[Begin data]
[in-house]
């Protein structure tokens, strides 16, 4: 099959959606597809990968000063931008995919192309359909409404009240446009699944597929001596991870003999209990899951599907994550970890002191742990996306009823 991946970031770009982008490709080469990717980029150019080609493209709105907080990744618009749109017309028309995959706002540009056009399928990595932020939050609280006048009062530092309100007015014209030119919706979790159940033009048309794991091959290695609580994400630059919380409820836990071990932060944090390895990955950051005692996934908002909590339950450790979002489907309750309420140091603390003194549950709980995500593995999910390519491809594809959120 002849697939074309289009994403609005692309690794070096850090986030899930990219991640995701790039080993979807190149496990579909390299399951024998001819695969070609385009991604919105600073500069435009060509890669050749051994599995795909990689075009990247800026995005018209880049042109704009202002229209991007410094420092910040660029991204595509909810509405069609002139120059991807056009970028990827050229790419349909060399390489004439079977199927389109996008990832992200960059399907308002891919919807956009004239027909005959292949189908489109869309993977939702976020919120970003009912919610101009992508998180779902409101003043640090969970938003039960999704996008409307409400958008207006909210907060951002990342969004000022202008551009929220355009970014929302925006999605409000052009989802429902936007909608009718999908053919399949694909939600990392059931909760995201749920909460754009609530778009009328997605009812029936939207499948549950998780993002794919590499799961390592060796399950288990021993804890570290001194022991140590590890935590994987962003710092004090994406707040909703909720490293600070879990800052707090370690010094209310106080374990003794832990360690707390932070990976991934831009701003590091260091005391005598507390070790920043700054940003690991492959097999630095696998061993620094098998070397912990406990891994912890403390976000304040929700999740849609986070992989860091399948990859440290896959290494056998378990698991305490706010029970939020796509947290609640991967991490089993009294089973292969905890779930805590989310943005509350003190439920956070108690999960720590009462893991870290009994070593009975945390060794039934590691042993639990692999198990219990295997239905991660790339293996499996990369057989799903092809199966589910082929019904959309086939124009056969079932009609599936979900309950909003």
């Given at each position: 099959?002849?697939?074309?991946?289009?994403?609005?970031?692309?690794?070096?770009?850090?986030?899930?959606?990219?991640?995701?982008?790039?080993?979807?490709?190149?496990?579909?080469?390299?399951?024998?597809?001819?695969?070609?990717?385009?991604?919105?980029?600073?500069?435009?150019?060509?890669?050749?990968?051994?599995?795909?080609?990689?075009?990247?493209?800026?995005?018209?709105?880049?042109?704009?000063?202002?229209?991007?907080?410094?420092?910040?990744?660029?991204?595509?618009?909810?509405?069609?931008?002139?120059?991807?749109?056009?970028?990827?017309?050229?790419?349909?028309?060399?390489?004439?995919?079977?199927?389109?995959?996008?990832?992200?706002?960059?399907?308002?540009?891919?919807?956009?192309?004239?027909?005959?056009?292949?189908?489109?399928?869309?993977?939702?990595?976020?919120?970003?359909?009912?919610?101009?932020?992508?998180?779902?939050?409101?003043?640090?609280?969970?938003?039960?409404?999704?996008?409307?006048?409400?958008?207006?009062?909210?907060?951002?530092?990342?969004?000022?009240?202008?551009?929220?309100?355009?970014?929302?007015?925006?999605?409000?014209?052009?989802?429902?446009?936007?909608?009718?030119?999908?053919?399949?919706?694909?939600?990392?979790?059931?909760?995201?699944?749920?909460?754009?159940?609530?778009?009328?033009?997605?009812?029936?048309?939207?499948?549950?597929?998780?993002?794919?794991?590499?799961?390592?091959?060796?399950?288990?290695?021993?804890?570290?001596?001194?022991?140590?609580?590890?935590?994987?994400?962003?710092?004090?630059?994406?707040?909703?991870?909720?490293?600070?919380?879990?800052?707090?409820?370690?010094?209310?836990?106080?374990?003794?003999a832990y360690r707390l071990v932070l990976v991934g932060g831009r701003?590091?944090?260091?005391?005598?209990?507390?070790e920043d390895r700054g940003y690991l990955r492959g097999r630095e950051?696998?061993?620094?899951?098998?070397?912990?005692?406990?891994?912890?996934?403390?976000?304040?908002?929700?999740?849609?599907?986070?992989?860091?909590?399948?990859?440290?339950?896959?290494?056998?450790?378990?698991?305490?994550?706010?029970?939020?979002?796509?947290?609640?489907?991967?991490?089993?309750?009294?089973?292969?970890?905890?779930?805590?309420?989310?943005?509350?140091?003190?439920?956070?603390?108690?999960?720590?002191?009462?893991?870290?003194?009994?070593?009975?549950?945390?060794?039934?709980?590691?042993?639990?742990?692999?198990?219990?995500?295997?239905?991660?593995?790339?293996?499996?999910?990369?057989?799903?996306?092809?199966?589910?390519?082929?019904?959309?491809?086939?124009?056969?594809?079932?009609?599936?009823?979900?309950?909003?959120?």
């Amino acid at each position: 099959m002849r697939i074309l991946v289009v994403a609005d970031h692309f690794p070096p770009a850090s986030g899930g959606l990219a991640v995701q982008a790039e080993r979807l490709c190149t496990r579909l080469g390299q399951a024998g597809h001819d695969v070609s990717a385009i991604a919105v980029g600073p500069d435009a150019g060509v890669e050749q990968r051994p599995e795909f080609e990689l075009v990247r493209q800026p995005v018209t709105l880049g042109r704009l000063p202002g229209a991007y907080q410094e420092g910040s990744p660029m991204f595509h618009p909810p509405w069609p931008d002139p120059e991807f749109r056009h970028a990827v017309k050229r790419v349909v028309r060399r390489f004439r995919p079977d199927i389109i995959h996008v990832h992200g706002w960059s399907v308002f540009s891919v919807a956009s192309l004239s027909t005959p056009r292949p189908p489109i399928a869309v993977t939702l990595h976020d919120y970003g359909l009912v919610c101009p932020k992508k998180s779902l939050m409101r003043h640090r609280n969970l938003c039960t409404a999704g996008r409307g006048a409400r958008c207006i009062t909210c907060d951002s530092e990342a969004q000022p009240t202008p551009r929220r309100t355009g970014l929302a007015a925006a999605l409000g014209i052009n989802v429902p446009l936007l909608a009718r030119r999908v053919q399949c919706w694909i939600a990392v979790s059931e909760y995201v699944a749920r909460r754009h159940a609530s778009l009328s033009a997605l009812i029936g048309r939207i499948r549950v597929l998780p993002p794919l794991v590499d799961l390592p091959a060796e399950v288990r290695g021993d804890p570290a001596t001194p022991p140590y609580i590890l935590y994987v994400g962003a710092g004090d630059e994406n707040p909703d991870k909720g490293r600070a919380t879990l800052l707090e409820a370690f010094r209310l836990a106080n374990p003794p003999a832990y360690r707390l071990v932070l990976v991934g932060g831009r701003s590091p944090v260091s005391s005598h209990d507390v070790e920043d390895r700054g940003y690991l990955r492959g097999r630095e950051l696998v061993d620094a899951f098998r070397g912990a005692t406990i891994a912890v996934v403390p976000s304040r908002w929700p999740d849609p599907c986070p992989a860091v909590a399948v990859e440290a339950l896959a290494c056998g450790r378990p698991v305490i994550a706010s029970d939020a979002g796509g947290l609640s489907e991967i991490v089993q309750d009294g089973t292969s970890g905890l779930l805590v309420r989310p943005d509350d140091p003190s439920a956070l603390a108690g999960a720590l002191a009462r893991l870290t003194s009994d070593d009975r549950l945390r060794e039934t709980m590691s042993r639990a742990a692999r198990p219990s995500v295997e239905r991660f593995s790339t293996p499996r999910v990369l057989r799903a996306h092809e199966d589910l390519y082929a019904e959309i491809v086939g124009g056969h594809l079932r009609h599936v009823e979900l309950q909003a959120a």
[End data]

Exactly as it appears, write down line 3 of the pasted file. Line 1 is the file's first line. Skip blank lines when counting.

């Given at each position: 099959?002849?697939?074309?991946?289009?994403?609005?970031?692309?690794?070096?770009?850090?986030?899930?959606?990219?991640?995701?982008?790039?080993?979807?490709?190149?496990?579909?080469?390299?399951?024998?597809?001819?695969?070609?990717?385009?991604?919105?980029?600073?500069?435009?150019?060509?890669?050749?990968?051994?599995?795909?080609?990689?075009?990247?493209?800026?995005?018209?709105?880049?042109?704009?000063?202002?229209?991007?907080?410094?420092?910040?990744?660029?991204?595509?618009?909810?509405?069609?931008?002139?120059?991807?749109?056009?970028?990827?017309?050229?790419?349909?028309?060399?390489?004439?995919?079977?199927?389109?995959?996008?990832?992200?706002?960059?399907?308002?540009?891919?919807?956009?192309?004239?027909?005959?056009?292949?189908?489109?399928?869309?993977?939702?990595?976020?919120?970003?359909?009912?919610?101009?932020?992508?998180?779902?939050?409101?003043?640090?609280?969970?938003?039960?409404?999704?996008?409307?006048?409400?958008?207006?009062?909210?907060?951002?530092?990342?969004?000022?009240?202008?551009?929220?309100?355009?970014?929302?007015?925006?999605?409000?014209?052009?989802?429902?446009?936007?909608?009718?030119?999908?053919?399949?919706?694909?939600?990392?979790?059931?909760?995201?699944?749920?909460?754009?159940?609530?778009?009328?033009?997605?009812?029936?048309?939207?499948?549950?597929?998780?993002?794919?794991?590499?799961?390592?091959?060796?399950?288990?290695?021993?804890?570290?001596?001194?022991?140590?609580?590890?935590?994987?994400?962003?710092?004090?630059?994406?707040?909703?991870?909720?490293?600070?919380?879990?800052?707090?409820?370690?010094?209310?836990?106080?374990?003794?003999a832990y360690r707390l071990v932070l990976v991934g932060g831009r701003?590091?944090?260091?005391?005598?209990?507390?070790e920043d390895r700054g940003y690991l990955r492959g097999r630095e950051?696998?061993?620094?899951?098998?070397?912990?005692?406990?891994?912890?996934?403390?976000?304040?908002?929700?999740?849609?599907?986070?992989?860091?909590?399948?990859?440290?339950?896959?290494?056998?450790?378990?698991?305490?994550?706010?029970?939020?979002?796509?947290?609640?489907?991967?991490?089993?309750?009294?089973?292969?970890?905890?779930?805590?309420?989310?943005?509350?140091?003190?439920?956070?603390?108690?999960?720590?002191?009462?893991?870290?003194?009994?070593?009975?549950?945390?060794?039934?709980?590691?042993?639990?742990?692999?198990?219990?995500?295997?239905?991660?593995?790339?293996?499996?999910?990369?057989?799903?996306?092809?199966?589910?390519?082929?019904?959309?491809?086939?124009?056969?594809?079932?009609?599936?009823?979900?309950?909003?959120?």